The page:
Because word-of-mouth advocacy is organic and democratic and because consumers control so much of its power, it can appear scary and unpredictable to marketers. It shouldn't be. What we've seen, time and again, is that positive word-of-mouth happens when a certain number of key factors are present in a brand story. We call these factors the engines of Conversational Capital. By becoming aware of and managing these engines properly, you can turn Conversational Capital into a toolbox that builds value into your product or service.

People are talking. We're writing this because we want you and your brand to be part of the conversation.

WE'RE COMMITTING SUICIDE HERE - We're advertising people, yet, in stumbling upon Conversational Capital, we have unearthed a truth about the branding process that boots the cornerstone of our business right out from under us. Th e discomfi ting thing about Conversational Capital is this: When word-ofmouth works well, traditional advertising and design become much less important. When the engines of Conversational Capital are built into your consumption experience, positive word-of-mouth is likely to follow. So we're stuck with a quandary: Do we spill the beans or shut our mouths and keep billing for the same old same old?

Too bad—Mom always told us to share.

NO, NEVER MIND: WE'RE TOO LAZY!
-
On second thought, self-immolation requires too much energy. The truth is, advertising people are lazy by nature (otherwise, we'd be novelists, nuclear physicists, or whatever). The second truth about Conversational Capital is that it makes our jobs easier because it turns consumer experiences into tight, compelling stories. And the better the story, the simpler it is to write a great brief, come up with a killer strategy, and produce award-winning creative.

So let's work on that story together. It may be against our essential nature, but we'll do the heavy lifting (promise).

EXCUSE ME, BUT YOU'RE CALLING A LITTLE LATE - We consider ourselves storytellers by trade. We take your consumer experience and distill it into a narrative that's relevant to your target market. Most of the time, however, clients call us too late. By the time they do, they come to us with products and experiences that are already designed and with fully developed stories. And those stories...well, sometimes they're not as compelling as they could be. It's the curse of our business. Conversational Capital enables us to rework with you the narrative that informs your consumer experience, and it helps make that story one that people want to tell.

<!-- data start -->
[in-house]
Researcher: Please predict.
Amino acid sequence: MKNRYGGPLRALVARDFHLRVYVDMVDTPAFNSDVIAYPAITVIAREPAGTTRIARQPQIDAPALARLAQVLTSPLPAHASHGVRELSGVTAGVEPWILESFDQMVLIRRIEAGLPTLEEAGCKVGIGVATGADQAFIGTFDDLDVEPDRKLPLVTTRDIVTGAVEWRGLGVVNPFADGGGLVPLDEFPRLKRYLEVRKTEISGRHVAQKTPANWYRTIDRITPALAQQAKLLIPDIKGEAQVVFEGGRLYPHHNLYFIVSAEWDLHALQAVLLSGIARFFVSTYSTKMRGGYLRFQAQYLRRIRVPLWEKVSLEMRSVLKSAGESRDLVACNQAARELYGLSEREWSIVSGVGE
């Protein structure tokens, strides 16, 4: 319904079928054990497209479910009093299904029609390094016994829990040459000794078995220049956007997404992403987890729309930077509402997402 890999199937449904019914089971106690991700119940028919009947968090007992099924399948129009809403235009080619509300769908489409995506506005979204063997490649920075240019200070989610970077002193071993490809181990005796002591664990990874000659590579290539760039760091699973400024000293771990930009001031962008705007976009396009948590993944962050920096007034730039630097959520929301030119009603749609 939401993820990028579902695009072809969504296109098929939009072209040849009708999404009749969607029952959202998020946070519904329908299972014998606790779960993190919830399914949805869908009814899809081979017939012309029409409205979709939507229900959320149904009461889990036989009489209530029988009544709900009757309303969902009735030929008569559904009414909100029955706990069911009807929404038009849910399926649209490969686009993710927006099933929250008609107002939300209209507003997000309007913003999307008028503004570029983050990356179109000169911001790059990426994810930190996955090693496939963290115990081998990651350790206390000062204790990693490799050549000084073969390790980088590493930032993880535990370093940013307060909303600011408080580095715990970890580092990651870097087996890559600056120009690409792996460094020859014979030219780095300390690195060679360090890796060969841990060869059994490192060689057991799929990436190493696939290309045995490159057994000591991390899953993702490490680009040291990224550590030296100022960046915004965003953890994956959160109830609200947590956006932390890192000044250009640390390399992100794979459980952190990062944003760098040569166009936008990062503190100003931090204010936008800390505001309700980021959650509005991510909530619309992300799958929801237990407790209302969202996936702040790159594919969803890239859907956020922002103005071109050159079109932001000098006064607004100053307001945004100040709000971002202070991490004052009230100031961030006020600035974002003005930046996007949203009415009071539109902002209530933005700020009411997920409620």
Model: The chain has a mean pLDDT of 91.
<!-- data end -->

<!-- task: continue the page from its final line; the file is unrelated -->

So, we don't have to spend a lot of time turning the sow's ears into silk purses.

SUMMING UP
  • When products and services become intense experiences, something powerful happens. They become fuel for conversations that consumers engage in to define who they are.


  • That process turns brands into market leaders. More importantly, what we've observed about market leaders like Cirque du Soleil and others tells why and how it happens.


  • Turning that process into something you can manage and control is what this book is about.

QUESTIONS FOR DISCUSSION

Is this just another book about word-of-mouth?

We don't think so. Although this book acknowledges the fundamental importance of word-of-mouth in today's economy, it goes further than anything we've read in describing why and how word-of-mouth happens in the first place.

We think most people will agree, but this book is not intended as a closed discussion. We know there are intelligent and perceptive doubters and nay-sayers out there, and we welcome their points of view. Conversation about Conversational Capital can and will extend outside of this book!

Find out what other people are saying and tell us what you think at www.conversationalcapital.com.FOOTNOTE

1 Marsden , P., Samson, A., and Upton , N. "Advocacy Drives Growth." Brand Strategy. Nov/Dec 2005.

© Copyright Pearson Education. All rights reserved.

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Table of Contents

About the Authors x

How This Book Came Together xi

This Is an Open Source Book xiii

Foreword by Hermann Deininger xv

Introduction xvii

PART 1: Defining Conversational Capital

1 What Is Conversational Capital? 3

2 The Eight Engines of Conversational Capital 9

3 How Conversational Capital Works 15

4 Why Conversational Capital Works 35

5 Conversational Capital Is Not Buzz 45

6 Conversational Capital and Advocacy 53

7 Conversational Capital Is for Everyone 55

PART 2: The Engines of Conversational Capital

8 Rituals 63

9 Initiation 69

10 Exclusive Product Offering (EPO) 77

11 Over-Delivery 85